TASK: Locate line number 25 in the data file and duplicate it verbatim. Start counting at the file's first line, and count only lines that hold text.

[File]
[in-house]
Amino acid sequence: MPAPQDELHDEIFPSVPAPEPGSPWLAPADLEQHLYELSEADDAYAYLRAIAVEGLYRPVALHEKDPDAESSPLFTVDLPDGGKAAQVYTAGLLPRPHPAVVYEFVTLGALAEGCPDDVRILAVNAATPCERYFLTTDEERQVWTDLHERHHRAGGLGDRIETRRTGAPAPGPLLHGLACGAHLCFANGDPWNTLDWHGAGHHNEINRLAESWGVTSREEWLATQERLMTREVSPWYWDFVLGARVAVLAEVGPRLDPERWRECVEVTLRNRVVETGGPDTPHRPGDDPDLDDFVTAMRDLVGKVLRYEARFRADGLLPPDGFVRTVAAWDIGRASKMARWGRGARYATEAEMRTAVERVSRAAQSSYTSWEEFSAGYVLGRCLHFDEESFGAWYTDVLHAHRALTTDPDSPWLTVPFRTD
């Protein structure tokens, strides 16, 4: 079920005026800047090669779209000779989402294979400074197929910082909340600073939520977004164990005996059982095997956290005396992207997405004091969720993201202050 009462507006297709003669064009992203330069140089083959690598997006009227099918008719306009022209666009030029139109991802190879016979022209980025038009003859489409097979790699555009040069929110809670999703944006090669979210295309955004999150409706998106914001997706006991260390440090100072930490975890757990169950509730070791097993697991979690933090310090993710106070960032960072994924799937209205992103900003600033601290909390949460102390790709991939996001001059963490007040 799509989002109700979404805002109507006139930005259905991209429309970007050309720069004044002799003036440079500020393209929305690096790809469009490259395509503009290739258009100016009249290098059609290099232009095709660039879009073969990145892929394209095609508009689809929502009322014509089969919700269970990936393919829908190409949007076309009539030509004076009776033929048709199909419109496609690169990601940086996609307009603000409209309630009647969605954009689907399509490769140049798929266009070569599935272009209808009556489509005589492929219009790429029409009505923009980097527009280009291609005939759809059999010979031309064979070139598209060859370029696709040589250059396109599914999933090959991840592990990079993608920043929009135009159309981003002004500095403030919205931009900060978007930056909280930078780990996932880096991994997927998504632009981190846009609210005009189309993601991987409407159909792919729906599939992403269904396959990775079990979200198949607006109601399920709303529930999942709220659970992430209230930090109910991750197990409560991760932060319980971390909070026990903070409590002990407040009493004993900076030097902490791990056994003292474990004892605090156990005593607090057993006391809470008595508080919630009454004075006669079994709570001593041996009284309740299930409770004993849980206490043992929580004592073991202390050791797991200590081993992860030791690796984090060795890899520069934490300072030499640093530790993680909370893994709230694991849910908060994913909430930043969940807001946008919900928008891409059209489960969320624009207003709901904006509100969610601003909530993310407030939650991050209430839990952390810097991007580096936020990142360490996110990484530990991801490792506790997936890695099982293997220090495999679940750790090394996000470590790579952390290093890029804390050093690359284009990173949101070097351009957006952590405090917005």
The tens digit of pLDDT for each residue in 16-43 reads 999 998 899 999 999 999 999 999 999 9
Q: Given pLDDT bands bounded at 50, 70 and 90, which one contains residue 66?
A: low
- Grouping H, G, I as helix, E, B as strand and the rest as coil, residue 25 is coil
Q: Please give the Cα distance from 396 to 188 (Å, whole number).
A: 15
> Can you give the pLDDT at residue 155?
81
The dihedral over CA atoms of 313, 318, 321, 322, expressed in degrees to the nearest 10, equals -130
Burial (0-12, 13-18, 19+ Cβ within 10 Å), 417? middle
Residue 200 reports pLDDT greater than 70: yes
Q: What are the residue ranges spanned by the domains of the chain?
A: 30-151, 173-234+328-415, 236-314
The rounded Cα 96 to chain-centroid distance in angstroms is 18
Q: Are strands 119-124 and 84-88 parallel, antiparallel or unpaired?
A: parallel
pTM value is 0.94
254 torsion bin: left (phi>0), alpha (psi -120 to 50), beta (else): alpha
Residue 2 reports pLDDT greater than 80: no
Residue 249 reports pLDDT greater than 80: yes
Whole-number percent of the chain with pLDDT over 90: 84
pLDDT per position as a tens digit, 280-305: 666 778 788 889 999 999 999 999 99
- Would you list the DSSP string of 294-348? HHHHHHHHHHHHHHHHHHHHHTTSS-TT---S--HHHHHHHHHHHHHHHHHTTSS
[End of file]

pLDDT per position as a tens digit, 280-305: 666 778 788 889 999 999 999 999 99